Ski area sale lawsuit ongoing

Triple Peaks, ASC suit has been moved back to Denver


— Triple Peaks LLC's lawsuit against American Skiing Co. hasn't been dropped. It's just taking its time finding a permanent home.

Joel Glover, an attorney who is representing Triple Peaks, said this week the suit has been moved back to U.S. District Court in Denver, where it began in April. But there are still jurisdictional issues to be hashed out.

Triple Peaks, led by Tim and Diane Mueller of Vermont, was scheduled to close on the purchase of the Steamboat Ski Area in late March. When ASC pulled the plug on that deal at the last minute, Triple Peaks responded with a lawsuit asking the court to enforce the agreement to sell.

Glover said motions have been filed in the Denver court that are similar to those initiated when the suit was refiled in District Court in Routt County April 24. The suit was originally filed in the federal court in Denver, where it now resides again. Triple Peaks originally agreed to purchase the ski area for $91.4 million from financially beleaguered ASC. Triple Peaks would have owned Steamboat along with the Muellers' other ski areas, Okemo Mountain Resort in Vermont and Mount Sunapee Resort in New Hampshire.

The Steamboat contract was signed Jan. 24, but the suit says the closing date was postponed three times. Finally, on March 26, with the Triple Peaks team sitting in the conference room of a New York law firm, waiting to begin the closing process, ASC backed out of the deal. The general counsel for ASC and a member of its board of directors informed Mueller by telephone they no longer intended to consummate the Steamboat sale. Instead, they planned to sell another of their ski areas, Heavenly Ski Resort in California, to Vail Resorts for $102 million.

In the complaint, Triple Peaks and its attorneys at the Denver law firm Rothgerber Johnson and Lyons point out the contract contains language that allows either seller or buyer to terminate for a separation fee of $500,000, but only if they meet certain requirements. They allege ASC did not meet those criteria.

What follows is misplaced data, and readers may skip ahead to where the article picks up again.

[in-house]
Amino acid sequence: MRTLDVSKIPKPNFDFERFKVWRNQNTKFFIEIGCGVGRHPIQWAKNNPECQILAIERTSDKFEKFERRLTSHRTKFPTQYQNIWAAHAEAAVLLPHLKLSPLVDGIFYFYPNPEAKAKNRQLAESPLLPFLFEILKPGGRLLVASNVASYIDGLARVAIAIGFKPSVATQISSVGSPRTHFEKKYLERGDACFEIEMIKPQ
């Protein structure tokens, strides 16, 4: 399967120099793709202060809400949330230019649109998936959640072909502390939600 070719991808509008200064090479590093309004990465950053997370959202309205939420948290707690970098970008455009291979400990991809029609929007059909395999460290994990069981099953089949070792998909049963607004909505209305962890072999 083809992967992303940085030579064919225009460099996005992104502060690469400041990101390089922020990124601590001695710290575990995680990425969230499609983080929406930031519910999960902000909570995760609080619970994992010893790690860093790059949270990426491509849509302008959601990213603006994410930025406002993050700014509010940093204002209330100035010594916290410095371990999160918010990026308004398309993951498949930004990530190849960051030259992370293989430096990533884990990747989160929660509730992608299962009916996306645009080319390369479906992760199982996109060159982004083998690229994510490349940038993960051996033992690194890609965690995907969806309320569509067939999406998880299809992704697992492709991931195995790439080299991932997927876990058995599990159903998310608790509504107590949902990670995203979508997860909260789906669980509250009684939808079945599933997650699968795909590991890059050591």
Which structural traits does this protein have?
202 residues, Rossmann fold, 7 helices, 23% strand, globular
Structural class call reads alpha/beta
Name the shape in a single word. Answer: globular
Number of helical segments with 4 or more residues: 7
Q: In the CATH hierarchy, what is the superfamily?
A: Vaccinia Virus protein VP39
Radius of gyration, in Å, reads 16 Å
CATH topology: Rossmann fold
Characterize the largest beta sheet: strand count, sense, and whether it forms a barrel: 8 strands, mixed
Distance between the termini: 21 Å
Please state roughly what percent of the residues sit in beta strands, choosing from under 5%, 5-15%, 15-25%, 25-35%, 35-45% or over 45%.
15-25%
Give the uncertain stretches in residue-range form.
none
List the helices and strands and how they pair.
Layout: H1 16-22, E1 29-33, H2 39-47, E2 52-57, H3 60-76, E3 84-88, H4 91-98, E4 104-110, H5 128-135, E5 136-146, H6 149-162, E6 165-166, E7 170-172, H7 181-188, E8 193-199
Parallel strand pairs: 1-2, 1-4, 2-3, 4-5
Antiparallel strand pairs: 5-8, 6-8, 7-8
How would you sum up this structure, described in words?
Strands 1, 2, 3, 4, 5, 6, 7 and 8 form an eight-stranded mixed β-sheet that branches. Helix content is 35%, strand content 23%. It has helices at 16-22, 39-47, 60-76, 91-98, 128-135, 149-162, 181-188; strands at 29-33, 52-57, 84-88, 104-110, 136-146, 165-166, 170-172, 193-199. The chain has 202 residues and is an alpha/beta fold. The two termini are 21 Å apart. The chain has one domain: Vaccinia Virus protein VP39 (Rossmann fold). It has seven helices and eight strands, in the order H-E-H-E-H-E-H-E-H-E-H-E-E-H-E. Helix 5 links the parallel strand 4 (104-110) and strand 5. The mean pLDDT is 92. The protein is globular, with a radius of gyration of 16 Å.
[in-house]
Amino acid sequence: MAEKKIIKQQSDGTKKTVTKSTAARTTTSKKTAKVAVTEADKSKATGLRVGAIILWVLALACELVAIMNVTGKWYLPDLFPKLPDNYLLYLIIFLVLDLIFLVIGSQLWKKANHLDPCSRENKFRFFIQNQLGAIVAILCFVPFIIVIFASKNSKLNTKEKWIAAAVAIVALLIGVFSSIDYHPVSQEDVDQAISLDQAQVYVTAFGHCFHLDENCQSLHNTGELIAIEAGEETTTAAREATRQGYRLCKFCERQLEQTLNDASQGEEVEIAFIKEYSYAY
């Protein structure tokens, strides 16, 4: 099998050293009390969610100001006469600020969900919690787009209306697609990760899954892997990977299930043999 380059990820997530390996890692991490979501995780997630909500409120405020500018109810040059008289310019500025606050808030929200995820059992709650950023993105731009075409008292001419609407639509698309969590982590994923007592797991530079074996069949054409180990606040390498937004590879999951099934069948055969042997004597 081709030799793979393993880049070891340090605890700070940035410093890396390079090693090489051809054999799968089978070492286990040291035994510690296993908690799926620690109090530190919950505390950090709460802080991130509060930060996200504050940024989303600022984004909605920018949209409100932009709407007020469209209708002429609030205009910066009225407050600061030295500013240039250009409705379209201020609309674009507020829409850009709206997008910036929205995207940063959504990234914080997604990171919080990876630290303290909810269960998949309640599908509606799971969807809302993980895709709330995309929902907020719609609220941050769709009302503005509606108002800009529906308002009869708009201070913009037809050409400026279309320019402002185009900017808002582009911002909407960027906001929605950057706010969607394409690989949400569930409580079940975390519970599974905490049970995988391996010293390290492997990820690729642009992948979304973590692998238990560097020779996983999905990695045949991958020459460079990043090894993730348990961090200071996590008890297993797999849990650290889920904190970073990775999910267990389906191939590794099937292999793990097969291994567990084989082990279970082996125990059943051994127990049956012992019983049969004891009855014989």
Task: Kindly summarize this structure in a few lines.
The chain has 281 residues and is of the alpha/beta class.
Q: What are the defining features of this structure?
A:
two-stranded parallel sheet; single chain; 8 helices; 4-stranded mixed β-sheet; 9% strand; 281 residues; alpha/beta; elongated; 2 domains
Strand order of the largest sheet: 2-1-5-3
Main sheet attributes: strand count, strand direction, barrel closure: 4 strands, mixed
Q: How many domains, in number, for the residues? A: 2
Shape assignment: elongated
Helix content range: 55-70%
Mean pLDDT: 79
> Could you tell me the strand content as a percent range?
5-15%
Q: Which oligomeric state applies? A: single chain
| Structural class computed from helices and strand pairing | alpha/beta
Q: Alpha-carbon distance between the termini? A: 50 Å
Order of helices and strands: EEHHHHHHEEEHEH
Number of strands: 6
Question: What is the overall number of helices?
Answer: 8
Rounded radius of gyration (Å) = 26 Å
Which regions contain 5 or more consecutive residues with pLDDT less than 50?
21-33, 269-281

Attorneys for ASC at Wells, Anderson and Race, also in Denver, see it differently. They interpret the contract language to mean their clients had the right to opt out of the contract for the specified $500,000.

The return of the case to Denver was sought by attorneys for ASC who challenged Triple Peaks' attorneys' rationale for moving it to Steamboat.

In seeking to move the case to Steamboat, Triple Peaks' attorneys said they had not taken into consideration the fact that two Colorado companies, Steamboat Ski and Resort Corp. and Walton Pond Apartments, should have been named as defendants in the suit. They argued the addition of those two Colorado firms would negate qualification of the case for federal court. Walton Pond Apartments provides employee housing for ski area employees.

An attorney for ASC, Mary Wells, countered the case still belonged in federal court. Her firm filed in District Court in May to have the case removed to Denver once more. She contended Ski Corp. and Walton Pond Apartments are merely divisions of ASC, which is incorporated in Delaware and did business from offices in Maine at the time (it has since moved its headquarters to Park City, Utah). An associate of Wells filed a brief in court here contending that attaching Ski Corp. and Walton Pond Apts. to the case was "fraudulent."


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